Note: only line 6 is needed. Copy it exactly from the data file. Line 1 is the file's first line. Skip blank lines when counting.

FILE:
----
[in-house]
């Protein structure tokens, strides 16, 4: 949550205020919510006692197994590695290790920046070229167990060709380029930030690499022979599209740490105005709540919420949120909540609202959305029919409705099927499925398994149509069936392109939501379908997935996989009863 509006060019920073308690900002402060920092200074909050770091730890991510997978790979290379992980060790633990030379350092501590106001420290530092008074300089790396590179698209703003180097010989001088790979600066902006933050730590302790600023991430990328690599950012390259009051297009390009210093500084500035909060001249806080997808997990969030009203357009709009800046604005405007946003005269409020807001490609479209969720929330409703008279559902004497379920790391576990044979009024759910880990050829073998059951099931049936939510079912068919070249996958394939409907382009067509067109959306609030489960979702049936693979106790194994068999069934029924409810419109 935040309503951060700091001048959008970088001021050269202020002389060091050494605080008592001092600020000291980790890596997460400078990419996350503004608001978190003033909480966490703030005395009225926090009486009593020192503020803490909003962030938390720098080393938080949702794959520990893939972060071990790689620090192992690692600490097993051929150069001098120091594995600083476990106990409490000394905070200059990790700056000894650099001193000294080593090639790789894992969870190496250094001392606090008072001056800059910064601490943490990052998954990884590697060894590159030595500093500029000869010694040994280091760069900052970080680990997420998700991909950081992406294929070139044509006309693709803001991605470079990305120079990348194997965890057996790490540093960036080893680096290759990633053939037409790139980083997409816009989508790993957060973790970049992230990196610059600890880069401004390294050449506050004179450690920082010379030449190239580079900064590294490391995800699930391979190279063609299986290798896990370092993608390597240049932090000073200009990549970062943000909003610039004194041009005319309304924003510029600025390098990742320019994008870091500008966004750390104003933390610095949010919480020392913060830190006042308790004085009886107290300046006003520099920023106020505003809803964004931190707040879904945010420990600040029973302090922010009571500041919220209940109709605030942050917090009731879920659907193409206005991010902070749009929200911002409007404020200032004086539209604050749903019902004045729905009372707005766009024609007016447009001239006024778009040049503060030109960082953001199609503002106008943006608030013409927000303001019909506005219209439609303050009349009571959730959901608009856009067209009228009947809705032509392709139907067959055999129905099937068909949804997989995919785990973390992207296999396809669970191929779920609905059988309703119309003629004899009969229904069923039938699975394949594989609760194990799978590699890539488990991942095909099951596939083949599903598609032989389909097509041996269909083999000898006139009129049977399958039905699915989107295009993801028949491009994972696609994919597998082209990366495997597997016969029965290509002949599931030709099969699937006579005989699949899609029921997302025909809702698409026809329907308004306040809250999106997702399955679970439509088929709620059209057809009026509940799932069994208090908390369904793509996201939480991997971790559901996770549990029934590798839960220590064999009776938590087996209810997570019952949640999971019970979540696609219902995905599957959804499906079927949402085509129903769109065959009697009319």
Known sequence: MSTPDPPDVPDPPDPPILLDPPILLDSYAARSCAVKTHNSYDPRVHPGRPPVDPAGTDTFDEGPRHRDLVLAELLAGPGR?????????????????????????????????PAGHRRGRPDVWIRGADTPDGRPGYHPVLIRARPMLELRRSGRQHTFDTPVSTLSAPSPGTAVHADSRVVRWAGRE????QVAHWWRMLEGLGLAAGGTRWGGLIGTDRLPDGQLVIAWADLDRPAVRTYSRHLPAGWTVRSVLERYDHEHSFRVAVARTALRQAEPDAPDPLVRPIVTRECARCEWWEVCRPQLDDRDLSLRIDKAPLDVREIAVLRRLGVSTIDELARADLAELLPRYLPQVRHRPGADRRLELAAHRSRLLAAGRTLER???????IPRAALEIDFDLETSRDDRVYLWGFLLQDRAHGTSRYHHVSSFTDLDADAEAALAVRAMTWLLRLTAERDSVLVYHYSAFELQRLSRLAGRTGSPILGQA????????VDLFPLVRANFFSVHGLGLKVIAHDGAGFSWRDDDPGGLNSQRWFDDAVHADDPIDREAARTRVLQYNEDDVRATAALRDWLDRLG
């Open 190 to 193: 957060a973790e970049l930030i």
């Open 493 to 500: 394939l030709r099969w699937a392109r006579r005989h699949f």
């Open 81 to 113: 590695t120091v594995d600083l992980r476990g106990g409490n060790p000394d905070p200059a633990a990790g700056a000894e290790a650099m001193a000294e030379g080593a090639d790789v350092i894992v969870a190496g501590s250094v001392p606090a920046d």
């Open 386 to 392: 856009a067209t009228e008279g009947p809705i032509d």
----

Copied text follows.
């Open 81 to 113: 590695t120091v594995d600083l992980r476990g106990g409490n060790p000394d905070p200059a633990a990790g700056a000894e290790a650099m001193a000294e030379g080593a090639d790789v350092i894992v969870a190496g501590s250094v001392p606090a920046d």